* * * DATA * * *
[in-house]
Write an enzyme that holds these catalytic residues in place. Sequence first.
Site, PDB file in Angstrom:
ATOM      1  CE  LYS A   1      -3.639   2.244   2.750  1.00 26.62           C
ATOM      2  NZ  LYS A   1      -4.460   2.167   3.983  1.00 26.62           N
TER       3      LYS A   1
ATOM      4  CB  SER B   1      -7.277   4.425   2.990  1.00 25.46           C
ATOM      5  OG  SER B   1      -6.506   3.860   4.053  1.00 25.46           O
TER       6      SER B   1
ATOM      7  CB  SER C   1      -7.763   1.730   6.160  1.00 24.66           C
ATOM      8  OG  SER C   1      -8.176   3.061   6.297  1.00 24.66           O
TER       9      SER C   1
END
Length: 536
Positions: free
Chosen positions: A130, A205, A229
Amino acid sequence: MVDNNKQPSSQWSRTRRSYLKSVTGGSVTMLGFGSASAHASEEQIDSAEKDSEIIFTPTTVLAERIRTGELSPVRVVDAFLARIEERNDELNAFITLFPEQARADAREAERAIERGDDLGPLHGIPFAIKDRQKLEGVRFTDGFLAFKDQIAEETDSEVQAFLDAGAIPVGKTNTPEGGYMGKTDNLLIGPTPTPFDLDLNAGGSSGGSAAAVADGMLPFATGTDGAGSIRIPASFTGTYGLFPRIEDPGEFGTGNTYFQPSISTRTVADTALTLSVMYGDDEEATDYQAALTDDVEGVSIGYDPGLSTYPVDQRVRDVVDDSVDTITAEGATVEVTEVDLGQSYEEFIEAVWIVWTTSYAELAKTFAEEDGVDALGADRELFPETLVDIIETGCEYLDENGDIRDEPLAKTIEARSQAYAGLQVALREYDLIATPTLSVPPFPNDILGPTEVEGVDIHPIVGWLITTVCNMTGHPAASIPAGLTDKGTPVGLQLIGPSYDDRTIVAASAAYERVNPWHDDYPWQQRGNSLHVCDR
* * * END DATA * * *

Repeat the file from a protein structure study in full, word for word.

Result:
[in-house]
Write an enzyme that holds these catalytic residues in place. Sequence first.
Site, PDB file in Angstrom:
ATOM      1  CE  LYS A   1      -3.639   2.244   2.750  1.00 26.62           C
ATOM      2  NZ  LYS A   1      -4.460   2.167   3.983  1.00 26.62           N
TER       3      LYS A   1
ATOM      4  CB  SER B   1      -7.277   4.425   2.990  1.00 25.46           C
ATOM      5  OG  SER B   1      -6.506   3.860   4.053  1.00 25.46           O
TER       6      SER B   1
ATOM      7  CB  SER C   1      -7.763   1.730   6.160  1.00 24.66           C
ATOM      8  OG  SER C   1      -8.176   3.061   6.297  1.00 24.66           O
TER       9      SER C   1
END
Length: 536
Positions: free
Chosen positions: A130, A205, A229
Amino acid sequence: MVDNNKQPSSQWSRTRRSYLKSVTGGSVTMLGFGSASAHASEEQIDSAEKDSEIIFTPTTVLAERIRTGELSPVRVVDAFLARIEERNDELNAFITLFPEQARADAREAERAIERGDDLGPLHGIPFAIKDRQKLEGVRFTDGFLAFKDQIAEETDSEVQAFLDAGAIPVGKTNTPEGGYMGKTDNLLIGPTPTPFDLDLNAGGSSGGSAAAVADGMLPFATGTDGAGSIRIPASFTGTYGLFPRIEDPGEFGTGNTYFQPSISTRTVADTALTLSVMYGDDEEATDYQAALTDDVEGVSIGYDPGLSTYPVDQRVRDVVDDSVDTITAEGATVEVTEVDLGQSYEEFIEAVWIVWTTSYAELAKTFAEEDGVDALGADRELFPETLVDIIETGCEYLDENGDIRDEPLAKTIEARSQAYAGLQVALREYDLIATPTLSVPPFPNDILGPTEVEGVDIHPIVGWLITTVCNMTGHPAASIPAGLTDKGTPVGLQLIGPSYDDRTIVAASAAYERVNPWHDDYPWQQRGNSLHVCDR